Learn to use your smart phone and look up BUTCHER.. you know were you buy actual meats.. there are plenty in the SJ area.. Edlands being one of the best ones in the tri state area IMO.

  • Kat

    http://www.jerseyfresh.nj.gov/

    You live in “The Garden State” and it’s August, why on earth are you buying food in a supermarket and making some CEO rich? We buy nearly all our food directly from the farmers, and the prices are reasonable, when you consider the wonderful freshness and quality, we’ve gotten free-range, grass-fed meats, poultry and dairy – some of which is organic or the farm is in the process of getting organic certification. The peaches, nectarines and berries have been delicious this summer, not to mention the corn and tomatoes! Look up the farm markets near you, and plan ahead for your next get-together.

  • Chelsea

    There’s plenty of good options in South Jersey. The Shop Rite in Cinnaminson has an amazing butcher and great quality and is about 5 min from the Tac Pal Bridge. Then there’s a butcher shop on the way to the Shore and a really, really good one in Pennsauken. And of course the 2 Wegmans. Look on Yelp, there’s SO many options. “This being South Jersey” makes you look pretty uneducated about the Delaware Valley (aka your company’s target market)

  • DCCollins

    I don’t know where you live, but it took me living on a more fixed food budget (after my hubby got fired last year) to scout out the stores with good meat and good meat prices. Redner’s in Oxford, PA has 5 packages of meat (must be labeled) for $20. Heard Acme had a similar deal. We also shop in Zingo’s in Wilmington, DE and out in Dutchway in Gap, Pa. I travel a little, but it’s two times a month. My husband is a part time cashier at a store down the road, so he gets little things I need, but I do not like their meat-they buy cheap cuts. All the above have been good.

  • Peter

    2 places to buy great steaks:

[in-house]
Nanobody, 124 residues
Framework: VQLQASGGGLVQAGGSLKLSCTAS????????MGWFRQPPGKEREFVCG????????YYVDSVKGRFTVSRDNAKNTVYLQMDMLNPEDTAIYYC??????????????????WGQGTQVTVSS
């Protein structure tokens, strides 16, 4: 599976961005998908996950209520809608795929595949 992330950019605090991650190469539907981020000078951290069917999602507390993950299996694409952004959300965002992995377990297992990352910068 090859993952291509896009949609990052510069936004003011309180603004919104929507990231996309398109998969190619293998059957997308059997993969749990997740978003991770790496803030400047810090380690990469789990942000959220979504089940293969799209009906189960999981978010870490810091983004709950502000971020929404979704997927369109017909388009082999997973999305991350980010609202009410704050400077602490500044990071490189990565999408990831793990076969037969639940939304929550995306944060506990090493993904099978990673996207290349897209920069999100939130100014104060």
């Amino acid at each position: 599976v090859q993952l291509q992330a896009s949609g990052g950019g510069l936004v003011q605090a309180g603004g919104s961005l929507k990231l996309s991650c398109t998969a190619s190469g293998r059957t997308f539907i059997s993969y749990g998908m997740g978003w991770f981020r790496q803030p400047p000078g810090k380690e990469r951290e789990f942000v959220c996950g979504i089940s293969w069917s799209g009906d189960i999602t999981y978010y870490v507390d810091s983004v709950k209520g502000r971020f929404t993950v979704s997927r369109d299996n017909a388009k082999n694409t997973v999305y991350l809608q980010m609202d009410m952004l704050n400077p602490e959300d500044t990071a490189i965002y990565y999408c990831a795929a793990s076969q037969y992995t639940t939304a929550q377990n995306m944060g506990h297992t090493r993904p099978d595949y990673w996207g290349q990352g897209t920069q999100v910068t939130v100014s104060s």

Peter luger in Brooklyn and they ship.
    Don pedro meat market Castor ave NE Philly

    As for Whole Foods it.s a Supermarket some stuff is good some ok.

  • Wario Batali

    Wait a second. You write for a food publication, but you lack to knowledge that grass fed beef has less marbling and thus needs to be cooked less then conventional grain feed beef ? That is embarrassing !

  • Jay

    The same thing happened to me once- quickly shopped there once in a hurry and bought a bunch of things, including a pack of three boneless chicken breasts, labeled organic. Wasn’t paying attention, when I got home I looked at the pack and I’d paid $18!!!! FOr three boneless organic chicken breasts! And they were nothing to write home about. Really very average size and taste. Needless to say, never again.

  • Bubick

    One word: Wegman’s

    • barrygster

      Wegman’s meat selection is terrible.

      • http://lewbryson.blogspot.com LewBryson

        Bullshit.

      • Bubick

        Really? What were you looking for but couldn’t find? I always get great stuff there, and their sirloins are always the thickest cuts and bestest tasting I’ve had…

        • barrygster

          Never looked at steaks but they had barely any cuts of pork and were unable to butcher to order.

          • stacker

            ya they’re pork program is lacking at least at the Cherry Hill Wegman’s, I asked for some pork steaks and it was a no go, wouldn’t cut me any either. I’d say, when it comes to beef, it’s the best selection and prices I’ve seen in a supermarket. It’s not a proper butcher but they’re as close as a chain market is gonna get.

          • barrygster